Is Your Skin Summer Ready?

Posted Thursday, June 29, 2017

DID YOU KNOW? Teens are more likely to be diagnosed with skin cancer than adults are.

Summer is upon us, meaning more American’s will be spend time vacationing and participating in outdoor activities. Before your patients engage in any outdoor activities, be sure to educate them on the many dangers of sun exposure.

This guide will help you to inform your patients on skin cancer including melanoma, symptoms, indoor tanning and how to protect their skin.

01 | What Is Melanoma?

Yearly, an estimated five million Americans, have to be treated for one of three kinds of skin cancer. Melanoma is the most common form of skin cancer treated, which also affects more Caucasian adolescents than Caucasian adults. The other two forms of skin cancer are:

  • Basal cell
  • Squamous cell carcinomas 

Melanoma is a tumor of melanin-forming cells deriving from excessive sun exposure or UV rays. There are several kinds of UV rays such as UVA and UVB. The bodies limiting amount of UV ray exposure depends on climate, location and the quantity of which your body can handle.

02 | Symptoms to look for 

It is highly recommended that you listen to and visibly check your body regularly. The Center for Disease Control and Prevention (CDC), has listed questions to ask when looking for signs of melanoma called the “ABCDEs of Melanoma”. The questions are:  

  • Is it in an asymmetrical shape?
  • Is the border of the growth rigged?
  • Does it have more than one irregular color?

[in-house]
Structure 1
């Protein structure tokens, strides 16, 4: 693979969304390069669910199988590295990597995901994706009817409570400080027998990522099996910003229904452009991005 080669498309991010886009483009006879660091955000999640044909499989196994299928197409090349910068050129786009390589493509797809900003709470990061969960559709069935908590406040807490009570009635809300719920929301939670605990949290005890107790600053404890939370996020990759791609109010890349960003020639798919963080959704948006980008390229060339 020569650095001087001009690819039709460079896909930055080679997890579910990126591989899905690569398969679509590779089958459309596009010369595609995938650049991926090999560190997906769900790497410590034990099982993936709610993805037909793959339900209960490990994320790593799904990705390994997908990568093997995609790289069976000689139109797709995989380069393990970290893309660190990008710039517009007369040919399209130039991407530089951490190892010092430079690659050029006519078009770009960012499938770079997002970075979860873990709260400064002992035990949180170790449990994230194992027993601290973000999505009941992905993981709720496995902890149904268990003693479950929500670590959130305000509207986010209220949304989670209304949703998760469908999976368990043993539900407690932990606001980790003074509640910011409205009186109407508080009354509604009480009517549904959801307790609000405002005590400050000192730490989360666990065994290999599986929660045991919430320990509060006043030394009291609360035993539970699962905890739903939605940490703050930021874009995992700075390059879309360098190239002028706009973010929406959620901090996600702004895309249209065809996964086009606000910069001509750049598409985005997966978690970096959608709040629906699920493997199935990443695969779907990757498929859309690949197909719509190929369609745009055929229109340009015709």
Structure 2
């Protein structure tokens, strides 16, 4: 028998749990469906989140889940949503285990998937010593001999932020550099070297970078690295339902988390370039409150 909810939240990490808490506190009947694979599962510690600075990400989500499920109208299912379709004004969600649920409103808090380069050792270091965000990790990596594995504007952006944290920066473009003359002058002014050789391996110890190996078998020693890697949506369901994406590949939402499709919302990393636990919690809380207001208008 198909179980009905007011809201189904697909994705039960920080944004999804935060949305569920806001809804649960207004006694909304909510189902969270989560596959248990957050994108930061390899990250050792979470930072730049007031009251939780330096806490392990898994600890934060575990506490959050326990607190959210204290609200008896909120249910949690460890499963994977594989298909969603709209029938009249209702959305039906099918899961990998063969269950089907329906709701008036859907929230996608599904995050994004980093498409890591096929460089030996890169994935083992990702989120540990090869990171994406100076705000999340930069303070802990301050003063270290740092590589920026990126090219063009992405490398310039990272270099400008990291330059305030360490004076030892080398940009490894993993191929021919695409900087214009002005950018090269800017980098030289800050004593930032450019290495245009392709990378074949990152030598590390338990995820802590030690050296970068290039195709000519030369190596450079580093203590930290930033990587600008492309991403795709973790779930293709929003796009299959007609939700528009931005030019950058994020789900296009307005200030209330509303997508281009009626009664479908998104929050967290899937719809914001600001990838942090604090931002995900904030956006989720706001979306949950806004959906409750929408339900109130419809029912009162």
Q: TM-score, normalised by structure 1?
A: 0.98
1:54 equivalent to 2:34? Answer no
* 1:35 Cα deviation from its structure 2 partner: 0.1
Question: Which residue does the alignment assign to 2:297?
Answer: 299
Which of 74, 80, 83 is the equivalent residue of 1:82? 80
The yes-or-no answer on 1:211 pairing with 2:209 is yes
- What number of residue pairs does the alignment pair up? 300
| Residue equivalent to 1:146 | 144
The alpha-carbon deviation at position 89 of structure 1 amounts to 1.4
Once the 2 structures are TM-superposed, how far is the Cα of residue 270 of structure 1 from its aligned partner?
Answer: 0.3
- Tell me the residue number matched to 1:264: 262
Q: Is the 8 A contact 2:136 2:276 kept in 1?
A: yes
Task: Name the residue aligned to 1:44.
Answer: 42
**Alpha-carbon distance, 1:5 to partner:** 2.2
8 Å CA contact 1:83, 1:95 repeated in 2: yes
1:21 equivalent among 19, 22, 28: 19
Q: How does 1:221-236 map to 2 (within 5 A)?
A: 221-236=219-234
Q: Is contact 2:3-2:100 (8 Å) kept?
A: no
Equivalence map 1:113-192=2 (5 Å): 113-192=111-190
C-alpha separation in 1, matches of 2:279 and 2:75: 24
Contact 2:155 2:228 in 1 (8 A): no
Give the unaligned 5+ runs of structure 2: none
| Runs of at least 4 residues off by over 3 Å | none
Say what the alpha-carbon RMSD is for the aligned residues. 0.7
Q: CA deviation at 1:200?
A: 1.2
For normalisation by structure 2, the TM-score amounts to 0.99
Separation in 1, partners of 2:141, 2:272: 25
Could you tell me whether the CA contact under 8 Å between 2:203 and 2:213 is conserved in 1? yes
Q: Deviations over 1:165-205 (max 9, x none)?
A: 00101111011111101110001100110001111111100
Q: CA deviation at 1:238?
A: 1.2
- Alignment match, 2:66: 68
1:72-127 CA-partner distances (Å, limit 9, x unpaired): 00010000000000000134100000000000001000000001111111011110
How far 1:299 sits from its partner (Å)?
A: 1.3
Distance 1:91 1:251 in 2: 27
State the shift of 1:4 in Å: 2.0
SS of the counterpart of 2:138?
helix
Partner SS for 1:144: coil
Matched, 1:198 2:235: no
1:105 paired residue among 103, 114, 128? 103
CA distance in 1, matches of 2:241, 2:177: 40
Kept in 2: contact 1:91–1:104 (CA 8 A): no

• Is the diameter larger than the size of a pea?
  • During the time the growth has appeared, does it seem to be evolving?

03 | Is Indoor Tanning Safe?

There are other ways to get a tan, not just by vacationing at a tropical location. Tanning beds use higher levels of radiation, causing your skin to burn after completing a 5-15 minute session, otherwise

known as a base tan. Tanning beds do not eliminate the dangers that come with the sun’s UV rays. As a matter of fact, using a tanning bed causes your skin to burn more quickly because light bulbs give off higher levels of radiation.   

04 | Ways to Protect Your Skin

Skin Cancer can develop over time. Therefore, it is important to begin protecting your skin now. The following list provides tips on how to properly protect your skin.  

  • Wear a hat – wearing a hat protects a number of areas of your head and face, such as the scalp, forehead, nose and ears.  
  • Apply sunscreen – applying an SPF 15 grade of sunscreen on any exposed skin can help protect your skin from possible burns.
  • Look for shade – standing or sitting in the shade can hide you from UV rays, however, if there is none be sure to create your own by using an umbrella.

For additional information on skin cancer, go to http://www.cdc.gov/cancer/skin/index.htm  

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References

http://www.cdc.gov/cancer/skin/basic_info/prevention.htm

http://www2.epa.gov/sunwise/skin-cancer-facts-your-state

http://www.skincancer.org/skin-cancer-information/skin-cancer-facts

 

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